• Do you mean that you haven’t been able to retain it for an hour? Have you taken an anti-diarrhea (anti-spasmodic) drug like Immodium an hour before doing the enemas? I started by following the instructions outlined by Dr. Silverman which was 500 ml. However it was hard to hold the enema at that high a volume of solution. As time went on I used less liquid, sometimes as little as 200 ml in the blender which contained the stool, just enough to cover the stool I had put in the blender to mix. It was easier to retain the enema at lower volume. Also I found that taking Immodium an hour before the enema helped a great deal. Later I had good results from anti-depressant or anti-anxiety drugs which were also very helpful for being able to retain the enema.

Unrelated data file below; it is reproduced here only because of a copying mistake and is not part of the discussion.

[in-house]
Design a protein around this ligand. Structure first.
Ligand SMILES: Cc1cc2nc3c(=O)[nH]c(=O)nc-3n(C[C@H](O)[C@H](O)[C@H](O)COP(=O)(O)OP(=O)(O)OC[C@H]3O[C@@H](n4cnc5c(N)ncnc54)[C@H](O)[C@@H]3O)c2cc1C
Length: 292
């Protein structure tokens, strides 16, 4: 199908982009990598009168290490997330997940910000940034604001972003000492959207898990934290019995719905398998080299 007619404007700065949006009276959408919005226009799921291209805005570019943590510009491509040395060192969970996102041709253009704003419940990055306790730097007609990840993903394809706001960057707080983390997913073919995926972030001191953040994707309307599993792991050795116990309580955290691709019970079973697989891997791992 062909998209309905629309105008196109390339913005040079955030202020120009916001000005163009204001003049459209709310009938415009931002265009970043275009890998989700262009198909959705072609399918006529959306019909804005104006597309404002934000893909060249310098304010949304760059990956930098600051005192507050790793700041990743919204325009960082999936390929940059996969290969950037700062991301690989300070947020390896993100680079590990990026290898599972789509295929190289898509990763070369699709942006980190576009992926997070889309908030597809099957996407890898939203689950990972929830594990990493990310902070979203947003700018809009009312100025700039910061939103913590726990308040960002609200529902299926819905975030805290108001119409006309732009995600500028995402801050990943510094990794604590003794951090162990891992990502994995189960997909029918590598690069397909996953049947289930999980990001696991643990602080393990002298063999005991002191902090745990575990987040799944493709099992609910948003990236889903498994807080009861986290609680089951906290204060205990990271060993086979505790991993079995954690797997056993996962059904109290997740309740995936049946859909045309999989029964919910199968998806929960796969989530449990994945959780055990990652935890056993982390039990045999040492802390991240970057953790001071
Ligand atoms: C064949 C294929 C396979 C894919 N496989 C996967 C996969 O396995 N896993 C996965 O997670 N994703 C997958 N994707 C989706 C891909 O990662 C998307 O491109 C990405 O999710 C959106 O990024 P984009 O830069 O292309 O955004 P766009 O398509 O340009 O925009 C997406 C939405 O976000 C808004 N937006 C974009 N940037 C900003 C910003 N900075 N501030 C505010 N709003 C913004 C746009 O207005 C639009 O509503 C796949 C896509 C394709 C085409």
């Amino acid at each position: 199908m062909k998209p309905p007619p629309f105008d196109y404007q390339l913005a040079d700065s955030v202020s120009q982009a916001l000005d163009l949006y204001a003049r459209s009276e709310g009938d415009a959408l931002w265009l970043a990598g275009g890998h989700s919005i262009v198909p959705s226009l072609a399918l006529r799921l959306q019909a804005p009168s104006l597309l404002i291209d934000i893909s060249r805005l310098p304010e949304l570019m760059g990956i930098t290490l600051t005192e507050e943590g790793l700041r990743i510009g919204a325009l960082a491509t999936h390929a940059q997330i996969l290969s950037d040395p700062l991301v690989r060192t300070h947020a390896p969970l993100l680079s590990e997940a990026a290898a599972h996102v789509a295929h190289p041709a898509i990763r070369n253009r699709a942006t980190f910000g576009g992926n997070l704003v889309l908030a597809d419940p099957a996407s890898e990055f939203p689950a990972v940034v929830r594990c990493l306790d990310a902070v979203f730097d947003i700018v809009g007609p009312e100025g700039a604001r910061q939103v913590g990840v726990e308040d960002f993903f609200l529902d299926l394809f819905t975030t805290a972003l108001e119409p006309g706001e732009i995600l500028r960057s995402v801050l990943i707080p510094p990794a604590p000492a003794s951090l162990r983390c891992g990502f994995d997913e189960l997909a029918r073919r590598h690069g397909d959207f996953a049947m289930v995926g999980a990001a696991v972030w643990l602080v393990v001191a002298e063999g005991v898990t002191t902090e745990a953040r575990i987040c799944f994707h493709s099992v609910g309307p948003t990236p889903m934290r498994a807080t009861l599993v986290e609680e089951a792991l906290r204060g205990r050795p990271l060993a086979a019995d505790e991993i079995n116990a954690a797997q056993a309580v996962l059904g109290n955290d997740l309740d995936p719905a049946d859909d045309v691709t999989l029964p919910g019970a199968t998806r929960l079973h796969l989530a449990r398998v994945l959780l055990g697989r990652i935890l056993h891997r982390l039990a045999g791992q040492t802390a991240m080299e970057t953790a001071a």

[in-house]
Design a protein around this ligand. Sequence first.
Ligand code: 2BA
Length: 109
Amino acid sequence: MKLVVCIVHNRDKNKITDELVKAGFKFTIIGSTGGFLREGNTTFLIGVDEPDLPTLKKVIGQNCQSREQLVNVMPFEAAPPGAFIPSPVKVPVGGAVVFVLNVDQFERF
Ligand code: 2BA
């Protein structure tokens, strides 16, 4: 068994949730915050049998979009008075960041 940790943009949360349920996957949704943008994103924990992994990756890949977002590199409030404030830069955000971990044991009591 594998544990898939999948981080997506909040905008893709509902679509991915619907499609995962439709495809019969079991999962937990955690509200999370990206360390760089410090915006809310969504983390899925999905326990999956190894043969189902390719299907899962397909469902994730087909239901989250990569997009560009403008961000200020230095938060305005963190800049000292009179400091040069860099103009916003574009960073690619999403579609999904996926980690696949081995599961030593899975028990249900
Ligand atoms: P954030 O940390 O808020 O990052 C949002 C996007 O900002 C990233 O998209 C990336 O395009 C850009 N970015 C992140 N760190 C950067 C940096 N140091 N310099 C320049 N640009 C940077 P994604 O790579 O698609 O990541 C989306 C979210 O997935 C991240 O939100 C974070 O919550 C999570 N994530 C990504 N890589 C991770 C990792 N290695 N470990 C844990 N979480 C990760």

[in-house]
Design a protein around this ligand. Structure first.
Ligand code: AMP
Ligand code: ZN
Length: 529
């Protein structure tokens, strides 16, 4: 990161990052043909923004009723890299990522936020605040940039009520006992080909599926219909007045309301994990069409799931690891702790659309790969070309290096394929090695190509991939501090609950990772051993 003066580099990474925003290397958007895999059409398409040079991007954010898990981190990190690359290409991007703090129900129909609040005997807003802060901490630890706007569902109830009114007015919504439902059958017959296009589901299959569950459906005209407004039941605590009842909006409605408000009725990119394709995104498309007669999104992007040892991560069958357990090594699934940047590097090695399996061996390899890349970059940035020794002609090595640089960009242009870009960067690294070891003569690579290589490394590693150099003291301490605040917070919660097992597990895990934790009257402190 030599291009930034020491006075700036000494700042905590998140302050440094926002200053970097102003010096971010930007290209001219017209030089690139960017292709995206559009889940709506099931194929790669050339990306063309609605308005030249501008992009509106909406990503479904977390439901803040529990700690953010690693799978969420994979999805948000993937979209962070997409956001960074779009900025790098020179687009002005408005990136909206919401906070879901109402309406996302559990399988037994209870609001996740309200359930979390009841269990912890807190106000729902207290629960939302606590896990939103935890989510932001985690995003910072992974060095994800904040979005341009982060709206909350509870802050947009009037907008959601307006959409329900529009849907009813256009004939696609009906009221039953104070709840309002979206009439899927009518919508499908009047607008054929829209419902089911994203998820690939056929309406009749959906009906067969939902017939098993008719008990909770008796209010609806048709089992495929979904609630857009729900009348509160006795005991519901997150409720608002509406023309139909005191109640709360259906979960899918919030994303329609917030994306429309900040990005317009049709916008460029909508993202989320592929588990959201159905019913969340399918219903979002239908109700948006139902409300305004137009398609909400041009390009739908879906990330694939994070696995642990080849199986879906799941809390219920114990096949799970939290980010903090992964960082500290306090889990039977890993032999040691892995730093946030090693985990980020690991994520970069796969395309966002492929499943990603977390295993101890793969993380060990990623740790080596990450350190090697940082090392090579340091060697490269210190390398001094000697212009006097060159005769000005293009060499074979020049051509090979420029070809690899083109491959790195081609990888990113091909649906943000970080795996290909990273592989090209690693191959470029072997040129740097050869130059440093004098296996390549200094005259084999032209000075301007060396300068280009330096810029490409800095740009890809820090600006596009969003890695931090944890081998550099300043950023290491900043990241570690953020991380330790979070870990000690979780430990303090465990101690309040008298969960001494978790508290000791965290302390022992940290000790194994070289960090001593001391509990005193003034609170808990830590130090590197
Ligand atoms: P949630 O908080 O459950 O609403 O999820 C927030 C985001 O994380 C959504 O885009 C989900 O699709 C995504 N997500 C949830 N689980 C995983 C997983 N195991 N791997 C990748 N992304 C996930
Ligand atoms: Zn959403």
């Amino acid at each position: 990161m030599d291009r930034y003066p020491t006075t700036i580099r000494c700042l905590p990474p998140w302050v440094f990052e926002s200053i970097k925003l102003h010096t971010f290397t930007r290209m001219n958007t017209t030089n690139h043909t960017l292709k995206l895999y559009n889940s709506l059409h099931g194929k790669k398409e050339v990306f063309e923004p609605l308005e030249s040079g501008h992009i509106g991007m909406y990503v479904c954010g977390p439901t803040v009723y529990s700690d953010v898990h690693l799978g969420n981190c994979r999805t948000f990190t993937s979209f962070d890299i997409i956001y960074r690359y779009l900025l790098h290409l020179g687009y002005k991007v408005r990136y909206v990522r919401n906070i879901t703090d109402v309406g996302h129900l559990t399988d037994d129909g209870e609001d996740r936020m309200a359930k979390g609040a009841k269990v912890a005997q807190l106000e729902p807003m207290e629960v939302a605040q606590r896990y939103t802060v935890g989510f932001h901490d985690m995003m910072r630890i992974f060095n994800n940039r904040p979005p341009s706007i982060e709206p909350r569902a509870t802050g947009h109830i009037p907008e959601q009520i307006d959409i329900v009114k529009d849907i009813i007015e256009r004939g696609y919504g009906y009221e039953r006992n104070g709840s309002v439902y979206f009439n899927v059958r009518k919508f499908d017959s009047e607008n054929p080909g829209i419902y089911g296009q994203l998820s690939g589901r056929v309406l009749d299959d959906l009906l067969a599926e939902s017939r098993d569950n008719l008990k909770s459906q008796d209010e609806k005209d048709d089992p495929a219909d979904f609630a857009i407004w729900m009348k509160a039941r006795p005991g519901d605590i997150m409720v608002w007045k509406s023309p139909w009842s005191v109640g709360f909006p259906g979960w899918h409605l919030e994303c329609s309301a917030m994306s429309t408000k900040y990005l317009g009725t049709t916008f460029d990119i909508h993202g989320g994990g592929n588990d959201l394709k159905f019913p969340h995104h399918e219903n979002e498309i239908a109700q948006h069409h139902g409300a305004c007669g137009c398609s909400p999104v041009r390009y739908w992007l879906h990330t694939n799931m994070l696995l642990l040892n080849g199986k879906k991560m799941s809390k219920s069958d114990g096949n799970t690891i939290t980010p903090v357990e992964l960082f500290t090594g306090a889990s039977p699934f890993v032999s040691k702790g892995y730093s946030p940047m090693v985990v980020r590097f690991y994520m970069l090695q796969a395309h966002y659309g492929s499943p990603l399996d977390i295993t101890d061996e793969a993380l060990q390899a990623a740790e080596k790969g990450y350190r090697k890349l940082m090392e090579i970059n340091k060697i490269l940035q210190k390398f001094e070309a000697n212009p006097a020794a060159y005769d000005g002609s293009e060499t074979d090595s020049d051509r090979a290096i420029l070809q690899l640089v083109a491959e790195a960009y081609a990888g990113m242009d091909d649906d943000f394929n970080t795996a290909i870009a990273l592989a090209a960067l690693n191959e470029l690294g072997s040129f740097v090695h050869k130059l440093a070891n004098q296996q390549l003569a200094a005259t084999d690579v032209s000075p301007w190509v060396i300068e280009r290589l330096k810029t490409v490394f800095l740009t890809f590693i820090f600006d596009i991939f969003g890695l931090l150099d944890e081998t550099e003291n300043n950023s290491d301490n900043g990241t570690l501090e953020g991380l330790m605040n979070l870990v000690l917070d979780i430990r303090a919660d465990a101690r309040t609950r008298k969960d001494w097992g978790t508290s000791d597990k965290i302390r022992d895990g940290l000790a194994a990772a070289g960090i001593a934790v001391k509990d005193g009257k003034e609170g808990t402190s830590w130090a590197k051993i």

Part of the problem is a misconception that you need to flood the whole colon with bacteria. You don’t, the enema just goes in and then back out again. The reason low volume enemas are effective is NOT that the bacteria come in and stay where they are left per se. Rather it works because the stool delivers the new bacteria to seed it and then the bacteria grows and propagates up through the colon. Pre-treating with anti-biotics to wipe out competing bacteria could help the new bacteria colonize faster – in my case without doing that I had a lot of bloating and gas which I assume happened because the bacteria were competing with each other. However notice that watery diarrhea and frequent bowel movements is almost always part of a flare. I think this is because the watery diarrhea helps perpetuate whatever bacteria or combination of bacteria is causing the flare and makes it difficult for good, healthy bacteria to thrive.